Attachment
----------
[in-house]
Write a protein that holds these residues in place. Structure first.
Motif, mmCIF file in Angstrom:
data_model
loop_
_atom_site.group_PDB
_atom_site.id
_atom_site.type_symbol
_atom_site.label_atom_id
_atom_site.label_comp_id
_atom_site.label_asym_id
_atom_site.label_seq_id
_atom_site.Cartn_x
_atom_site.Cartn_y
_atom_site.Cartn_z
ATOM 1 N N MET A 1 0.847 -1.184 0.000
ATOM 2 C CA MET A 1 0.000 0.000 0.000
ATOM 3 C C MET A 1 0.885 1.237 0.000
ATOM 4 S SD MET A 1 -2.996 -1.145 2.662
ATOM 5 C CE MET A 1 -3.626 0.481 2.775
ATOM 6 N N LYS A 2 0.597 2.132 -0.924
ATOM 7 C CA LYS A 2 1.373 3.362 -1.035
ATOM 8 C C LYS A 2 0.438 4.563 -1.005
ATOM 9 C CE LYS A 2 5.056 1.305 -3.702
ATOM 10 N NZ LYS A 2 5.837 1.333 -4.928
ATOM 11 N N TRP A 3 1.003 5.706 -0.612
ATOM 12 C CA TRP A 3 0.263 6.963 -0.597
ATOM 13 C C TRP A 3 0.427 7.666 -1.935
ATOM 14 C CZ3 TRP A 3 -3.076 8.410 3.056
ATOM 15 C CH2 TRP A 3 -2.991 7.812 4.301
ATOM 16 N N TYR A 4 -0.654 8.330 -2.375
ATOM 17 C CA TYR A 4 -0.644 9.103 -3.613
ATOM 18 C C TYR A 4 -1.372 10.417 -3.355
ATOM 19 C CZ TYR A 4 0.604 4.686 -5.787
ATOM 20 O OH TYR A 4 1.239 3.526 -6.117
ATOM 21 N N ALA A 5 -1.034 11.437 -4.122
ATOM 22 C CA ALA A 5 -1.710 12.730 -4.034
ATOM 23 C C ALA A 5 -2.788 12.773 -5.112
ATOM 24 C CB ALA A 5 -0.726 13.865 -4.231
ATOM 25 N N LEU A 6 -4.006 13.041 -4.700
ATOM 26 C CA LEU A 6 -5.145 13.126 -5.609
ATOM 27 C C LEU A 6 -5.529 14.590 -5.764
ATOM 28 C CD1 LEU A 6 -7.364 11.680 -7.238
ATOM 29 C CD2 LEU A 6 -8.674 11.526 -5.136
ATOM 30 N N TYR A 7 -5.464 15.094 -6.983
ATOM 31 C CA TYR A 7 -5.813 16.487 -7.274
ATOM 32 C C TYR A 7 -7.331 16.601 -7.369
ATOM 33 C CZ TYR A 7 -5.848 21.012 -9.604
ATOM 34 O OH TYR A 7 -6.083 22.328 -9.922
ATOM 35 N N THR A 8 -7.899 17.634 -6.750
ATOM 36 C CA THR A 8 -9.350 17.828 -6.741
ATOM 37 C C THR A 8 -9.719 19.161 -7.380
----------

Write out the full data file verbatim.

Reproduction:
[in-house]
Write a protein that holds these residues in place. Structure first.
Motif, mmCIF file in Angstrom:
data_model
loop_
_atom_site.group_PDB
_atom_site.id
_atom_site.type_symbol
_atom_site.label_atom_id
_atom_site.label_comp_id
_atom_site.label_asym_id
_atom_site.label_seq_id
_atom_site.Cartn_x
_atom_site.Cartn_y
_atom_site.Cartn_z
ATOM 1 N N MET A 1 0.847 -1.184 0.000
ATOM 2 C CA MET A 1 0.000 0.000 0.000
ATOM 3 C C MET A 1 0.885 1.237 0.000
ATOM 4 S SD MET A 1 -2.996 -1.145 2.662
ATOM 5 C CE MET A 1 -3.626 0.481 2.775
ATOM 6 N N LYS A 2 0.597 2.132 -0.924
ATOM 7 C CA LYS A 2 1.373 3.362 -1.035
ATOM 8 C C LYS A 2 0.438 4.563 -1.005
ATOM 9 C CE LYS A 2 5.056 1.305 -3.702
ATOM 10 N NZ LYS A 2 5.837 1.333 -4.928
ATOM 11 N N TRP A 3 1.003 5.706 -0.612
ATOM 12 C CA TRP A 3 0.263 6.963 -0.597
ATOM 13 C C TRP A 3 0.427 7.666 -1.935
ATOM 14 C CZ3 TRP A 3 -3.076 8.410 3.056
ATOM 15 C CH2 TRP A 3 -2.991 7.812 4.301
ATOM 16 N N TYR A 4 -0.654 8.330 -2.375
ATOM 17 C CA TYR A 4 -0.644 9.103 -3.613
ATOM 18 C C TYR A 4 -1.372 10.417 -3.355
ATOM 19 C CZ TYR A 4 0.604 4.686 -5.787
ATOM 20 O OH TYR A 4 1.239 3.526 -6.117
ATOM 21 N N ALA A 5 -1.034 11.437 -4.122
ATOM 22 C CA ALA A 5 -1.710 12.730 -4.034
ATOM 23 C C ALA A 5 -2.788 12.773 -5.112
ATOM 24 C CB ALA A 5 -0.726 13.865 -4.231
ATOM 25 N N LEU A 6 -4.006 13.041 -4.700
ATOM 26 C CA LEU A 6 -5.145 13.126 -5.609
ATOM 27 C C LEU A 6 -5.529 14.590 -5.764
ATOM 28 C CD1 LEU A 6 -7.364 11.680 -7.238
ATOM 29 C CD2 LEU A 6 -8.674 11.526 -5.136
ATOM 30 N N TYR A 7 -5.464 15.094 -6.983
ATOM 31 C CA TYR A 7 -5.813 16.487 -7.274
ATOM 32 C C TYR A 7 -7.331 16.601 -7.369
ATOM 33 C CZ TYR A 7 -5.848 21.012 -9.604
ATOM 34 O OH TYR A 7 -6.083 22.328 -9.922
ATOM 35 N N THR A 8 -7.899 17.634 -6.750
ATOM 36 C CA THR A 8 -9.350 17.828 -6.741
ATOM 37 C C THR A 8 -9.719 19.161 -7.380